significant and it would have an even bigger impact on the markets.
Some oil producing countries like Angola are in no rush to boost their output. The center's finance minister addressed that with us earlier this
week -- listen.
(BEGIN VIDEO CLIP)
VERA DAVES DE SOUSA, ANGOLAN FINANCE MINISTER: We believe on the gradual increase of production. Angola has a strategy, age-old (ph) carbon
strategy, that intends to motivate oil companies to do more investments, to take all advantage of marginal oil fields, to make sure that we are
producing as much as possible.
We're not able to yet to reach the quota that we have. So we are below that quota. So even when OPEC decides to increase the productions, we will
remain below that.
(END VIDEO CLIP)
NEWTON: Regina Mayor is the global head of energy for KPMG.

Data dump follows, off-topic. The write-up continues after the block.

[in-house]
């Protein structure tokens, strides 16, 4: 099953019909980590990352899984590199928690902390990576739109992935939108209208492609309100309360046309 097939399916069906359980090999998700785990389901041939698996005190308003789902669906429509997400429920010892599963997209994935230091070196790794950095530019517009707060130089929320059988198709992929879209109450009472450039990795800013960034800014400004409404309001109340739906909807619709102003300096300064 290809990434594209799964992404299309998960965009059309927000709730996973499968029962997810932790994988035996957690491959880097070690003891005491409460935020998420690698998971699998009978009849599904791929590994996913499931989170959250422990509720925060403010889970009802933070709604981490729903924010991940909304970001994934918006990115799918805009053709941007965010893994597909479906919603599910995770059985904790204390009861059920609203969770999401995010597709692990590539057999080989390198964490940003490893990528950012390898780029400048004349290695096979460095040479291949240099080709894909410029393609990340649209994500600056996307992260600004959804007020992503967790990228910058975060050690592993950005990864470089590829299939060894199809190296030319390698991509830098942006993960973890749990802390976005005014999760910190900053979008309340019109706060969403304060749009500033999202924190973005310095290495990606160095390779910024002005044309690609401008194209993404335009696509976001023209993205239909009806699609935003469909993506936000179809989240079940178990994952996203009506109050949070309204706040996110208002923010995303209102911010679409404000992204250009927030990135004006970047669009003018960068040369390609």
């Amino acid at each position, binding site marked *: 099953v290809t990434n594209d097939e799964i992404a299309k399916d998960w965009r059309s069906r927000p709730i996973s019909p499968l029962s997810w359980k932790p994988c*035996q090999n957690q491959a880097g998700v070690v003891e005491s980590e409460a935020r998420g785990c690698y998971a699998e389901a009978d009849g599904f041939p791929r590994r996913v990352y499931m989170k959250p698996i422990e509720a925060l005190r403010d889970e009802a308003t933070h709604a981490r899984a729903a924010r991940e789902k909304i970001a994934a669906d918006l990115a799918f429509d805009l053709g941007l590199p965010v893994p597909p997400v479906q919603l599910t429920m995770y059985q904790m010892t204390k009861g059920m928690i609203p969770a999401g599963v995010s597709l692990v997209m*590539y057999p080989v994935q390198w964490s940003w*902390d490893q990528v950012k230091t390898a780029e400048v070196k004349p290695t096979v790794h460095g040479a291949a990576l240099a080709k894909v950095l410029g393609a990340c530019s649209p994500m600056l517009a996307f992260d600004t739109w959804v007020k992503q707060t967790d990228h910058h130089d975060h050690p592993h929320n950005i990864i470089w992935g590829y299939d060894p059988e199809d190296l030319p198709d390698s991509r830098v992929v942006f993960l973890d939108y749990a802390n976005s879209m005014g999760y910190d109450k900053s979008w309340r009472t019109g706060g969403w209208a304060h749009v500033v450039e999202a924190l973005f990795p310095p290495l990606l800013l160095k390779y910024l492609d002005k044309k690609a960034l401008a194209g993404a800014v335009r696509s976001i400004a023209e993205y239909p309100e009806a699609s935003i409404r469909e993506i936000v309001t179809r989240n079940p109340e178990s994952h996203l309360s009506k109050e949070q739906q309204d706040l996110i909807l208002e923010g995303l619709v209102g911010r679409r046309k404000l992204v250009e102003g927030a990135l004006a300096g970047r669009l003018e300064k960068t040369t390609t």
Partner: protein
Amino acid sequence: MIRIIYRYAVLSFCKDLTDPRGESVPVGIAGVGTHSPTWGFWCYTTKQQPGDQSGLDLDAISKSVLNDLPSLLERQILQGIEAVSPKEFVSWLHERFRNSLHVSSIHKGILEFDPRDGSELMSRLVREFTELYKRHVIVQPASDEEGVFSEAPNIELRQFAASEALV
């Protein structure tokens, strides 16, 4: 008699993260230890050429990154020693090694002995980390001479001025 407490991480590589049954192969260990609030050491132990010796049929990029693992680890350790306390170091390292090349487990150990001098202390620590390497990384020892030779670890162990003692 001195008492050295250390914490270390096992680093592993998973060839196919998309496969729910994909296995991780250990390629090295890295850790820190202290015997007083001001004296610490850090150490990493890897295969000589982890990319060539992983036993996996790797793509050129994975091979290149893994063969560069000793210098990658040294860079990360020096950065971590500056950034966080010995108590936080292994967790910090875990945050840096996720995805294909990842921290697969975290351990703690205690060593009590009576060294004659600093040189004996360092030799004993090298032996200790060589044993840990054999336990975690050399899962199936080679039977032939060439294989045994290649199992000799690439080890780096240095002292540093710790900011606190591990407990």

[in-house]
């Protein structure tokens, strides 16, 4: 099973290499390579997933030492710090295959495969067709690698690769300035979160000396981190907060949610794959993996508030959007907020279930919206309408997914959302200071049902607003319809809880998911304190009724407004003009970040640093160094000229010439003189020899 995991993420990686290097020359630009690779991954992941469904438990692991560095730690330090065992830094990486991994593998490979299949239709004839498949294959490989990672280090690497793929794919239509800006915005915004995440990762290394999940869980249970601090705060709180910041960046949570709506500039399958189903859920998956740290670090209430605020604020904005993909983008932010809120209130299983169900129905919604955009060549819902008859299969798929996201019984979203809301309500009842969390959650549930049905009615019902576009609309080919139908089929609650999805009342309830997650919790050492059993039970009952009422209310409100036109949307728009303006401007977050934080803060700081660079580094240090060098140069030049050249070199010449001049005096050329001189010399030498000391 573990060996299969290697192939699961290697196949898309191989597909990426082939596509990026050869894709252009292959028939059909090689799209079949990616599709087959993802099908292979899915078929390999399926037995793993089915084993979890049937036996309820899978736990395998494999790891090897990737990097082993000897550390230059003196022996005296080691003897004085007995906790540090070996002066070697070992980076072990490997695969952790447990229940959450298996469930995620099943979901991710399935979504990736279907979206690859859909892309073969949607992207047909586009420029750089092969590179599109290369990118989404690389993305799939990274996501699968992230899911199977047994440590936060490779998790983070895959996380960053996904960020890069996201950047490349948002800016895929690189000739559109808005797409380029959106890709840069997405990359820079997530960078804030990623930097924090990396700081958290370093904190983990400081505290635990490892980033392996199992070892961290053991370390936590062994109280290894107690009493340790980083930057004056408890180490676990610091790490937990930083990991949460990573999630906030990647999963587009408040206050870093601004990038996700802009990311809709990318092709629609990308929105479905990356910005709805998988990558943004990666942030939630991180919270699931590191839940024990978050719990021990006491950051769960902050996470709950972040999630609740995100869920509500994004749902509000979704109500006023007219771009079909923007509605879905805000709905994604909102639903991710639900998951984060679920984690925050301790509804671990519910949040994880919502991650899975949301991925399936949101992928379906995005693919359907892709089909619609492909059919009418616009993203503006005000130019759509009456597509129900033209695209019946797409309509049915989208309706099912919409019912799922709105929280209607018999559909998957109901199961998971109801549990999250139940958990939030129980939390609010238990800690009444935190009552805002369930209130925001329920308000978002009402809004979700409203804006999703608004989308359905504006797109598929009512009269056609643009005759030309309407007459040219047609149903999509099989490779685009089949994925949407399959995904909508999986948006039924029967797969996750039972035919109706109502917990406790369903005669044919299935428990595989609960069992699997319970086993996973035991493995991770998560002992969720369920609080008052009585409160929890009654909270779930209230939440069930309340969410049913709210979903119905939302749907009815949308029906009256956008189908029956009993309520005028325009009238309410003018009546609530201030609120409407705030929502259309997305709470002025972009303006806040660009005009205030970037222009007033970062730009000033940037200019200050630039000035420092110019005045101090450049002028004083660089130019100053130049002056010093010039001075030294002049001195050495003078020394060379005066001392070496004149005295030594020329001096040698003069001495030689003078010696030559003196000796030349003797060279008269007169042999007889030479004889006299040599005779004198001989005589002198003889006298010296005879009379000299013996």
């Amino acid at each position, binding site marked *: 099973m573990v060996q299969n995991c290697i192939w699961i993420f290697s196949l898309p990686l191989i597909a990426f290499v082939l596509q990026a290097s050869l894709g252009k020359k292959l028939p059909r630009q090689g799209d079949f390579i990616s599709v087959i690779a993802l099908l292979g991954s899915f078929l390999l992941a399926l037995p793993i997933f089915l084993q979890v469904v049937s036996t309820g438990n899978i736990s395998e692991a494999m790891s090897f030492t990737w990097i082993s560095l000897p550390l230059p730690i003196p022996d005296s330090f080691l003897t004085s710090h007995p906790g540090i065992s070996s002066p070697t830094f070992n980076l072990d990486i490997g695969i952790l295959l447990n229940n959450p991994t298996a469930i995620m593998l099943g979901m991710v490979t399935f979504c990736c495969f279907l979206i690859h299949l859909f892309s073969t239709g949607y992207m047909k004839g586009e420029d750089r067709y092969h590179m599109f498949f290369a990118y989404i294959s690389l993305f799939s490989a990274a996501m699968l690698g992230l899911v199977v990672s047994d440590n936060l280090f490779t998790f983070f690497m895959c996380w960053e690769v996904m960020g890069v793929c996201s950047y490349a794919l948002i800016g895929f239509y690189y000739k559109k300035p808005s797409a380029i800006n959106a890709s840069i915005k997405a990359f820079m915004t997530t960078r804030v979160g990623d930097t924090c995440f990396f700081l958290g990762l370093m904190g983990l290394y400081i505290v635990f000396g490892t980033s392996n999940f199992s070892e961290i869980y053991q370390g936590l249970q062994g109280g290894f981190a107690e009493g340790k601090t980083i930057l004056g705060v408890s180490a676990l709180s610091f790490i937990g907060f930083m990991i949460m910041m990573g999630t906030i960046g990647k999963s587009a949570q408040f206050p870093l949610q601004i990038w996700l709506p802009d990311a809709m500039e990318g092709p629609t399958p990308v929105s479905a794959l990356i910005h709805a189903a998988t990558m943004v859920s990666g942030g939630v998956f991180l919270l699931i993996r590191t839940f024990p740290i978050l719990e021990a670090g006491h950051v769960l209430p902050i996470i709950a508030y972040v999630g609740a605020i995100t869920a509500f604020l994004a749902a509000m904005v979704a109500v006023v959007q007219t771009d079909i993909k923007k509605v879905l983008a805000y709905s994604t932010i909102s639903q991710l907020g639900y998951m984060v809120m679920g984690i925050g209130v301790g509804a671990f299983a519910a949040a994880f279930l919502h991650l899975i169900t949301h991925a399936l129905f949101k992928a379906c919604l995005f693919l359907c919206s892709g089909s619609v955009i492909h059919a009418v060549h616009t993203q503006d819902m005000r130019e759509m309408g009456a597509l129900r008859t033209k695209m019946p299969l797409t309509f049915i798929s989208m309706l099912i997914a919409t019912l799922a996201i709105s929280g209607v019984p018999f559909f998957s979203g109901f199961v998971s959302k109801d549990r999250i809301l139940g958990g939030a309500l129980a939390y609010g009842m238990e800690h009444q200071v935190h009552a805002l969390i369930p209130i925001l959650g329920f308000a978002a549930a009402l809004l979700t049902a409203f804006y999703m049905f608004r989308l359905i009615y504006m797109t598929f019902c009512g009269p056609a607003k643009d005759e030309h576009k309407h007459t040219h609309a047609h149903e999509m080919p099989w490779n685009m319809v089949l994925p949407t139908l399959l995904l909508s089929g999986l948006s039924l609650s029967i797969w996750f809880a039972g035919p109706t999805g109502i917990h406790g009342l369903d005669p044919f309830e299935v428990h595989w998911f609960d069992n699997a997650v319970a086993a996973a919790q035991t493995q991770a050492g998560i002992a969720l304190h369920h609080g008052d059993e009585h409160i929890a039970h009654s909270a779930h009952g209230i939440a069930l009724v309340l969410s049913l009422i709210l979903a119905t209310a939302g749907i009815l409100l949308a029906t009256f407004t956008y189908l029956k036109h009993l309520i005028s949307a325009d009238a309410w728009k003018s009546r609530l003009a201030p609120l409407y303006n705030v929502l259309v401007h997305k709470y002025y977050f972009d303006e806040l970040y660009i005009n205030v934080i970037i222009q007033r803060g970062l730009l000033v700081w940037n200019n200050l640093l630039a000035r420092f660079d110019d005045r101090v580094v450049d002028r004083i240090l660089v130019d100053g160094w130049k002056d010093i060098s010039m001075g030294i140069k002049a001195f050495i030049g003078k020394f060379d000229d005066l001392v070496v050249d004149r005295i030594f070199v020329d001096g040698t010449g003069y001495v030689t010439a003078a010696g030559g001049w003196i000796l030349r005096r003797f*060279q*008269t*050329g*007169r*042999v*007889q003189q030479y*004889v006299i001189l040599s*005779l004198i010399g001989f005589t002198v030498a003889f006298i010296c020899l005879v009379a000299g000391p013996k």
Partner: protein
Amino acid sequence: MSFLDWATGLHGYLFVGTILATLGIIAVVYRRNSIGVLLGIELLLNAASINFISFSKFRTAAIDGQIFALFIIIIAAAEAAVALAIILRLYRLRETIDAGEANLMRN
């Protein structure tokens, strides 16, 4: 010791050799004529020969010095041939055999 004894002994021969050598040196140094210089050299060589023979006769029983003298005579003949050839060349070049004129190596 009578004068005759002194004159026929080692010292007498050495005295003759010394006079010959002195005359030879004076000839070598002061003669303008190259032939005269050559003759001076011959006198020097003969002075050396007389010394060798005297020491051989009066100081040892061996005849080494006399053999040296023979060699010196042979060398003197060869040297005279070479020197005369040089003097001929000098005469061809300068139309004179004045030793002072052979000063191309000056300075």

And I'm happy to have you here on a day like today, when the energy markets continue to get more and more complicated. We saw that prices have eased in
the last few days.
But do you still see months of turmoil ahead for the energy markets?
OPEC and oil is just one component. There's a lot going on there right now.
REGINA MAYOR, KPMG: You're right, Paula. There's a number of different factors at play and I do see a rocky storm for the next several months. I
mean, conventional wisdom does not believe that supply and demand truly comes into balance until well into Q2 of next year.
And these ups and downs we will continue to experience. I'm grateful we've had a reprieve because WTI was almost at $85 per barrel and now it's down
at $78, so I think that takes some pressure off the current markets. But I don't think we've seen the worst of it before it gets better, because these
are very long-cycle investments.